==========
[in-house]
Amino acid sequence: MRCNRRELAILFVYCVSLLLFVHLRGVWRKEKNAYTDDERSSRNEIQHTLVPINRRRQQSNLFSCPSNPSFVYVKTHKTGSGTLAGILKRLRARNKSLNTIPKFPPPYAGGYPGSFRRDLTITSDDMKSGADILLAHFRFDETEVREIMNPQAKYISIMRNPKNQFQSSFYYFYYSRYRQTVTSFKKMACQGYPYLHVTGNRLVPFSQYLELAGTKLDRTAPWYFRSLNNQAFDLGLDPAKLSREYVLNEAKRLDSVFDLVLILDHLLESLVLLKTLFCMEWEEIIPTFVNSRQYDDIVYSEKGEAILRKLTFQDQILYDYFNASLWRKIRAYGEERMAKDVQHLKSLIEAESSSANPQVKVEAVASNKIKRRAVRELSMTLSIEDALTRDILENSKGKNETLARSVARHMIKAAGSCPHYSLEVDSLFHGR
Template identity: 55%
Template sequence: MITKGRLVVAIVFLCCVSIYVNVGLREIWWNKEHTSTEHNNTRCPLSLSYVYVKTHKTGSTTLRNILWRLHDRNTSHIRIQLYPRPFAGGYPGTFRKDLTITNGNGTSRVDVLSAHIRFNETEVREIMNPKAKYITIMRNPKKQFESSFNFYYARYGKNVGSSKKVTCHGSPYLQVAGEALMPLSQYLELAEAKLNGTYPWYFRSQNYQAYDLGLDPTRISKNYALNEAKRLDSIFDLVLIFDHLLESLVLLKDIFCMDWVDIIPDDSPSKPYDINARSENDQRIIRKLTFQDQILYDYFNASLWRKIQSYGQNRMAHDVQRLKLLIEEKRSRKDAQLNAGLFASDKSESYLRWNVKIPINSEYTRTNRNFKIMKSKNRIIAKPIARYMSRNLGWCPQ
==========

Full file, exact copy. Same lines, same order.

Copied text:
[in-house]
Amino acid sequence: MRCNRRELAILFVYCVSLLLFVHLRGVWRKEKNAYTDDERSSRNEIQHTLVPINRRRQQSNLFSCPSNPSFVYVKTHKTGSGTLAGILKRLRARNKSLNTIPKFPPPYAGGYPGSFRRDLTITSDDMKSGADILLAHFRFDETEVREIMNPQAKYISIMRNPKNQFQSSFYYFYYSRYRQTVTSFKKMACQGYPYLHVTGNRLVPFSQYLELAGTKLDRTAPWYFRSLNNQAFDLGLDPAKLSREYVLNEAKRLDSVFDLVLILDHLLESLVLLKTLFCMEWEEIIPTFVNSRQYDDIVYSEKGEAILRKLTFQDQILYDYFNASLWRKIRAYGEERMAKDVQHLKSLIEAESSSANPQVKVEAVASNKIKRRAVRELSMTLSIEDALTRDILENSKGKNETLARSVARHMIKAAGSCPHYSLEVDSLFHGR
Template identity: 55%
Template sequence: MITKGRLVVAIVFLCCVSIYVNVGLREIWWNKEHTSTEHNNTRCPLSLSYVYVKTHKTGSTTLRNILWRLHDRNTSHIRIQLYPRPFAGGYPGTFRKDLTITNGNGTSRVDVLSAHIRFNETEVREIMNPKAKYITIMRNPKKQFESSFNFYYARYGKNVGSSKKVTCHGSPYLQVAGEALMPLSQYLELAEAKLNGTYPWYFRSQNYQAYDLGLDPTRISKNYALNEAKRLDSIFDLVLIFDHLLESLVLLKDIFCMDWVDIIPDDSPSKPYDINARSENDQRIIRKLTFQDQILYDYFNASLWRKIQSYGQNRMAHDVQRLKLLIEEKRSRKDAQLNAGLFASDKSESYLRWNVKIPINSEYTRTNRNFKIMKSKNRIIAKPIARYMSRNLGWCPQ